It’s rare for prime Victoria real estate like this to go on the market.
Neatly landscaped property, bordered by conifers and oaks. A stunning view of Juan de Fuca Strait. Easy access to the beach, just a few steps across Dallas Road. Quiet neighbours.
All this for a mere $40,000.
Only one wrinkle: you have to be dead.
Yes, the ad on the Internet is for a pair of side-by-side cremation plots.
Holy smokes! Is that what it costs to get permanently planted these days?
Well, no, not really, though it does open the door (or lid) on the private trade in unused burial sites and, more broadly, the land crunch hitting big-city cemeteries around the world.
It turns out graveyards are subject to the same pressures as the rest of the real estate world. It’s a question of supply and demand. And, of course: location, location, location.
I couldn’t unearth (as it were) the seller of the cremation plots, but whoever it was had both angles covered at Ross Bay. Everybody is dying to get in, but there’s no room. (Even when Royal Oak Burial Park opened in 1923, some people wanted relatives’ remains exhumed from Ross Bay and reburied in the new cemetery so that they could make space for themselves in the older, more prestigious burial ground.)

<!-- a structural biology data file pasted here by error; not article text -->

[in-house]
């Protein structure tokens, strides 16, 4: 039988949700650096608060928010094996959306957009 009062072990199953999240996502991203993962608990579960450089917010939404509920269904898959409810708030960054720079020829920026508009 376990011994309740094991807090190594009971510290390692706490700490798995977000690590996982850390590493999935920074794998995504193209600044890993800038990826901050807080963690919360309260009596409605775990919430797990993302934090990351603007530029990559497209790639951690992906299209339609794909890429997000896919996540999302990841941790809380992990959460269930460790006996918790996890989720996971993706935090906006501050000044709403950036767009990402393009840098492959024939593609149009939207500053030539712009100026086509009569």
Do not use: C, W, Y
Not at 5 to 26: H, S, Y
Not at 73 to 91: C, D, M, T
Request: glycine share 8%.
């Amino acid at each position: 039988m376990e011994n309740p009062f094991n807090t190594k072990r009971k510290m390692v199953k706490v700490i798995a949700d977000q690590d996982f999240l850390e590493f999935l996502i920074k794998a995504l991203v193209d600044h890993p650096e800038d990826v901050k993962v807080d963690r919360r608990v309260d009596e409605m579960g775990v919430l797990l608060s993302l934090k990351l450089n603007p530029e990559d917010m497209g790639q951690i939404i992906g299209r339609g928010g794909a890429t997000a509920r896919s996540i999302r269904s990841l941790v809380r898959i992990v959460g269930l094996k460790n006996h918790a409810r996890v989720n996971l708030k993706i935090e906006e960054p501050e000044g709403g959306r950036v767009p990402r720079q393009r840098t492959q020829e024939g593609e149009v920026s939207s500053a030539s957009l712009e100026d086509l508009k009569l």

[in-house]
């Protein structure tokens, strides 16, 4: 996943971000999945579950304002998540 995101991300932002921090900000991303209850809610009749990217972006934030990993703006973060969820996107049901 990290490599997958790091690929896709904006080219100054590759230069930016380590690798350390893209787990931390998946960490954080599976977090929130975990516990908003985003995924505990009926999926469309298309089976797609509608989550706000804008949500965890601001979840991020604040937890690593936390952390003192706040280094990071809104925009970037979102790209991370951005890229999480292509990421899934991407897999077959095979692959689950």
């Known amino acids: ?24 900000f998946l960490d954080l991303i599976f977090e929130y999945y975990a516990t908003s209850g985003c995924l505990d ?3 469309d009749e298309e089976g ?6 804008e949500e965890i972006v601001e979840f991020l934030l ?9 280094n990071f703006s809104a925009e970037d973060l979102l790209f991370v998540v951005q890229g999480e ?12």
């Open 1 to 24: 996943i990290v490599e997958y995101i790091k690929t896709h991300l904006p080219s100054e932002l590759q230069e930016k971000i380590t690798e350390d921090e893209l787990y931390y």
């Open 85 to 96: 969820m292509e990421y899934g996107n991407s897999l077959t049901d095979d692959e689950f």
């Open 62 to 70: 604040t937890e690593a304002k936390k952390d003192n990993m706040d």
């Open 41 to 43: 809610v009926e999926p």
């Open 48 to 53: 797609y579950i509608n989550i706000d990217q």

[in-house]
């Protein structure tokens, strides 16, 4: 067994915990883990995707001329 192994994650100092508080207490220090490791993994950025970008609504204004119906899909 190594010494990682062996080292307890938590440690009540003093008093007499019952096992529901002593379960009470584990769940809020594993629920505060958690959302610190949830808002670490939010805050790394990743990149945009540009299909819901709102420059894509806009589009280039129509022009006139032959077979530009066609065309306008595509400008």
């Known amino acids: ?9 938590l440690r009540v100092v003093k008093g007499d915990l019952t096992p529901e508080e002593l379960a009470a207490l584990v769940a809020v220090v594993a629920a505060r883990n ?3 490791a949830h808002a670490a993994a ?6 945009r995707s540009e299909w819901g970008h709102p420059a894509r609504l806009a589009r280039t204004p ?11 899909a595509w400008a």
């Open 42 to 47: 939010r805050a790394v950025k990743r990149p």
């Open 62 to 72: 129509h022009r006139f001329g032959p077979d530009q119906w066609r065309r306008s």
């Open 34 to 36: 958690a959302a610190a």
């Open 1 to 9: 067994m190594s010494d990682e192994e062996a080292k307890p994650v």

Today, just seven plots remain unspoken for in Ross Bay, and the city won’t let you buy one until you have a loved one who just died. That means if you want to stake out a final resting place among the Who’s Who of colonial Victoria in advance, you’ll have to buy it from someone who already owns a vacant plot. Hence the $40,000 asking price.
There’s nothing like that in other Victoria-area cemeteries, though. In fact, privately held plots generally go for less than the cemetery itself would charge. Royal Oak will buy them back, but for no more than half the current purchase price of a similar plot.